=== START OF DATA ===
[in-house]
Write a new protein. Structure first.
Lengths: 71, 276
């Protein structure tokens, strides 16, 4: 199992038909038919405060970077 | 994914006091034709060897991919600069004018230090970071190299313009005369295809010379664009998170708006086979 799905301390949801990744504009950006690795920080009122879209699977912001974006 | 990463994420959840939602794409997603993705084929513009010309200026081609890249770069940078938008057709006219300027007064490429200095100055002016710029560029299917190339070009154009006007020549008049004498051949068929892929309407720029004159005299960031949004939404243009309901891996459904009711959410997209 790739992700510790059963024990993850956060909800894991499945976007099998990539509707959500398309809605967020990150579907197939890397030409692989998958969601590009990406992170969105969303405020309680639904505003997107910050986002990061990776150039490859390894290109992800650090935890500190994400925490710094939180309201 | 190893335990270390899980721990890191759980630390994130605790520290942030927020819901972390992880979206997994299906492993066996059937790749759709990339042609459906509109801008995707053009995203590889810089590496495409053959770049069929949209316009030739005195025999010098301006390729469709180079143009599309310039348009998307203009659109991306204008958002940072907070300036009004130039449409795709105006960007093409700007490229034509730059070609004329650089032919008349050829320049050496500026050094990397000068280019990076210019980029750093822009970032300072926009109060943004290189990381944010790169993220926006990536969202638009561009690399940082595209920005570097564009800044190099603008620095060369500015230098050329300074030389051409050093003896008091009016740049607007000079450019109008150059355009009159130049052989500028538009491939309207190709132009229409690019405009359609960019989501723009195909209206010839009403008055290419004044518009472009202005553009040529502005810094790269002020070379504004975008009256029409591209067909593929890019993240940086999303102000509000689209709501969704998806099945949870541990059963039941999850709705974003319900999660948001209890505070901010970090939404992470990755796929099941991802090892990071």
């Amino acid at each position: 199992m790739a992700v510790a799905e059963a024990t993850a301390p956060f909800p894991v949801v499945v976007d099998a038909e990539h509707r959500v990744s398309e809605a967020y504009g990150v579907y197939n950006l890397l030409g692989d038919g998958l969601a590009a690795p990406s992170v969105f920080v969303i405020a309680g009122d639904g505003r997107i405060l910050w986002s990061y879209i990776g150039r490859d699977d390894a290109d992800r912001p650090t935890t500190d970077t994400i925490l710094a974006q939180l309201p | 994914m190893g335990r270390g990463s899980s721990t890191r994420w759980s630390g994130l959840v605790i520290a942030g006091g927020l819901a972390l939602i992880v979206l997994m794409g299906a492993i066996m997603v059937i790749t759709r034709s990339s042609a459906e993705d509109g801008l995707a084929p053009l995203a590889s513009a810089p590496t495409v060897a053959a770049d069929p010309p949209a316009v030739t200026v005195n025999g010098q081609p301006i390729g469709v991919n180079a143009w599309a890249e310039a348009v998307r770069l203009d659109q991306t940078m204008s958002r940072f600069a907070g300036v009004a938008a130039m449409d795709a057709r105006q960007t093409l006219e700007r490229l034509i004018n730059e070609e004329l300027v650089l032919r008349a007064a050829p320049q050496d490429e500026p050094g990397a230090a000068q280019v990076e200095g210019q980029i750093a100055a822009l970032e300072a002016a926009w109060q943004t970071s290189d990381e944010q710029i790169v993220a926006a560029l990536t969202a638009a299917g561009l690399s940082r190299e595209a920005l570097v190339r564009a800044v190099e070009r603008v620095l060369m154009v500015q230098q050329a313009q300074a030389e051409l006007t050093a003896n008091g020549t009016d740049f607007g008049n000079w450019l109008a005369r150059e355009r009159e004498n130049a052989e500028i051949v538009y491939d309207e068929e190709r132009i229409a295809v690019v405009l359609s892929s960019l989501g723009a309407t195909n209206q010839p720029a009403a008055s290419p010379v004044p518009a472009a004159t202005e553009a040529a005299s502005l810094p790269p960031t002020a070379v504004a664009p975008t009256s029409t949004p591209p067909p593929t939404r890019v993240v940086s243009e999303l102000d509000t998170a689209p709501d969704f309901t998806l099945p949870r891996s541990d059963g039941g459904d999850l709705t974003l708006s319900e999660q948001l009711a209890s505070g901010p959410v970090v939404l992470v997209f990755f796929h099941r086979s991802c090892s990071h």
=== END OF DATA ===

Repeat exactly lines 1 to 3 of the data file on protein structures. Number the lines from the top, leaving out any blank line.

[in-house]
Write a new protein. Structure first.
Lengths: 71, 276